This area is new to me. I’m still new to search marketing and online advertising, but I understand the basics like clicks, CPM, CPA, conversions and al that jargon. But there’s this whole new area regarding content network / affiliate marketing, etc.. It’s to do with advertising on 3rd party sites, publishers, etc… I spoke to Alan Wan, Affiliate Manager, he explained to me what it was about and I think I got the gist of it. Netpartners is a Hong Kong outfit, mainly targetting US and UK markets. I have to do a bit more research in to this area regarding affiliate marketing. At ad:tech, there were a number of stands, I would say 1/3 selling these services. It was pretty funny, because he was talking English to us and as we were winding down our conversation he asked if we spoke Chinese! Vincent and him started talking, and then I joined in, but I don’t think he understood me very well since my Cantonese is pretty bad and heavily accented.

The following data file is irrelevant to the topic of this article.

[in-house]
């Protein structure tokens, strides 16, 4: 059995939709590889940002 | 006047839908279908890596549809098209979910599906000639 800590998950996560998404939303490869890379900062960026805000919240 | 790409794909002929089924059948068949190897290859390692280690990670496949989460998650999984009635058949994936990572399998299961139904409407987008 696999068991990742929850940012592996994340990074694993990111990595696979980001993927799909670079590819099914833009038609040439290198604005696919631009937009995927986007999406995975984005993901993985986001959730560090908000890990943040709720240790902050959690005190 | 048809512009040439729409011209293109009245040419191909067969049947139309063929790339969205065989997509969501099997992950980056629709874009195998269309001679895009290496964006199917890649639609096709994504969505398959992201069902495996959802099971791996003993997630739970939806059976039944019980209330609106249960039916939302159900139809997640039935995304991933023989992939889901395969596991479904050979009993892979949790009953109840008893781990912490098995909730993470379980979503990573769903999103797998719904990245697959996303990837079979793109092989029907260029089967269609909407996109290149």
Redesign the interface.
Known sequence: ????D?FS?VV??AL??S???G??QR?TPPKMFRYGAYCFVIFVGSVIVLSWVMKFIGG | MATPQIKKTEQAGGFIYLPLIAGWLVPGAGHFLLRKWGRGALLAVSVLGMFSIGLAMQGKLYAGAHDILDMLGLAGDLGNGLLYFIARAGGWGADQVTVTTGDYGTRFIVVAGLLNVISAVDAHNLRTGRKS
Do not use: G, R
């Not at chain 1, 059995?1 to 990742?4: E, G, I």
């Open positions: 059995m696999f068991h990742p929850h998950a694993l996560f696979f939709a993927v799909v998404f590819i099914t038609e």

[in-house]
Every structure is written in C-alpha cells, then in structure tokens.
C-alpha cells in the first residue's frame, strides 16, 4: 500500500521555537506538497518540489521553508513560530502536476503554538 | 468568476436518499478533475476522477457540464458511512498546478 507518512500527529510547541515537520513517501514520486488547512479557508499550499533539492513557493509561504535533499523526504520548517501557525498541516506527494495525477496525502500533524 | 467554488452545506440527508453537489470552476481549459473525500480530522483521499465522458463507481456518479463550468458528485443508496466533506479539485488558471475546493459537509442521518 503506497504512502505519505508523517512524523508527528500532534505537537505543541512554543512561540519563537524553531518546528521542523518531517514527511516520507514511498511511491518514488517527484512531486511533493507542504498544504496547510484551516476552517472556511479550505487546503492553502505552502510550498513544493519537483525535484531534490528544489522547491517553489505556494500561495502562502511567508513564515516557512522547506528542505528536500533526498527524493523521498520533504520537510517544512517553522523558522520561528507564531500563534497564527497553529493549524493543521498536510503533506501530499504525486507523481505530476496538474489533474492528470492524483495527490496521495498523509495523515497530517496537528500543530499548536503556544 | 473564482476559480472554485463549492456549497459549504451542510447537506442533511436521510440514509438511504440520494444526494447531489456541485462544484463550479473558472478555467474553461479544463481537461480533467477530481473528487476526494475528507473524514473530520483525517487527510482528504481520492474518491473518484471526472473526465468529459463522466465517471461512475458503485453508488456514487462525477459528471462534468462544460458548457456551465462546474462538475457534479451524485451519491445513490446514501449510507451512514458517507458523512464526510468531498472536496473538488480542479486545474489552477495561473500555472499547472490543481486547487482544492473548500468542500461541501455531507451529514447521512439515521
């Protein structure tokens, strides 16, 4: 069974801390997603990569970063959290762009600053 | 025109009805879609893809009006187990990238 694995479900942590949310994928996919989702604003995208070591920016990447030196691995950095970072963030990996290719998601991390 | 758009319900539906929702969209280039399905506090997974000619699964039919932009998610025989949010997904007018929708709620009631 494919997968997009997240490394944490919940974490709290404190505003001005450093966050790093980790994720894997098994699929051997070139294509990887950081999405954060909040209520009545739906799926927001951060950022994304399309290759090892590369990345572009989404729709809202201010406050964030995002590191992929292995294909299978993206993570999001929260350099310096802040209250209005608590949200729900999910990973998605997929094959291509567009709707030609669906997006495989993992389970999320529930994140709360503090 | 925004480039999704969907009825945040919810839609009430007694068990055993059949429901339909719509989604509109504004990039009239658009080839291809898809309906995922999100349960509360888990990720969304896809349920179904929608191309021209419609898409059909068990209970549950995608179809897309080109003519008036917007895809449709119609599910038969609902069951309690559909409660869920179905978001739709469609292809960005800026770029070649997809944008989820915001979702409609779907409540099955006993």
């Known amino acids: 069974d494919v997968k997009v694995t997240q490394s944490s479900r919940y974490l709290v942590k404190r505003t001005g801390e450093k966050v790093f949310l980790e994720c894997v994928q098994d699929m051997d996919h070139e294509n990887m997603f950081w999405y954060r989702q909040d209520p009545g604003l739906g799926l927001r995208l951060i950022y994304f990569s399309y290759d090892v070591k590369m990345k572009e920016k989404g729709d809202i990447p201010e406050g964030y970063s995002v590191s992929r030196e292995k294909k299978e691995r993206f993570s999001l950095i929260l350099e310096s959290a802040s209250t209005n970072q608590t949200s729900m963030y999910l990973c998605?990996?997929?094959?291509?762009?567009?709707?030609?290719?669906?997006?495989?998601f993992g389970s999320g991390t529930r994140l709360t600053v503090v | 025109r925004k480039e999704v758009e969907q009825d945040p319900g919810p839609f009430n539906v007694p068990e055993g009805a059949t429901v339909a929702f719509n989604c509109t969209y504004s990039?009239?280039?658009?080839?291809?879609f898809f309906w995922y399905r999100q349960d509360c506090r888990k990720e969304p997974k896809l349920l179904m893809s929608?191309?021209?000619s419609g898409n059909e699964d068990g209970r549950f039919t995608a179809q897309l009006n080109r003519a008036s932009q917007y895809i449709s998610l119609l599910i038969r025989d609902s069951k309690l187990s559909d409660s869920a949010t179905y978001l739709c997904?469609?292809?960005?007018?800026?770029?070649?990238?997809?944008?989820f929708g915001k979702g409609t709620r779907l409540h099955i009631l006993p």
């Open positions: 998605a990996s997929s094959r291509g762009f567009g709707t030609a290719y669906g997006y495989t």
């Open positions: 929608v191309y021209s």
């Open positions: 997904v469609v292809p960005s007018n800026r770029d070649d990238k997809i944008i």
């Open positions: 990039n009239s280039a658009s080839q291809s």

Post Click - affiliate marketing

We spoke to the BD manager there. I’ve actually heard of them. Post click specialises in niche affiliate marketing. I’m still getting the hang of this term – its advertising on a network of sites. e.g. you would like to advertise to websites in Indonesia targeting students coming to Australia. They would go represent you and negotiate, and source sites for you to advertise on. They must have relationships with traffic brokers (a new term I learnt) and work out how much you have to pay for CPA, cost per action which is for lead or conversion generation if someone clicks on an ad. Post Click most likely takes a set up fee and a slice of the action e.g. CPC of 1 cent (cost per click of $0.01). 

Girls.com.au / Femail.com.au

I’m not sure why but we wondered over to this stand. We were just curious, and it was right next to ours. They’ve got 2 websites which are online magazines targeted towards females. Girls.com.au has a demo of 18 – 35, skewed towards younger females. Femail.com.au has a demo of 25+. These mags have been running for about 10 years online and has similar content to Vogue, Cleo, etc.. The opportunities are for advertising towards a very specific demographic.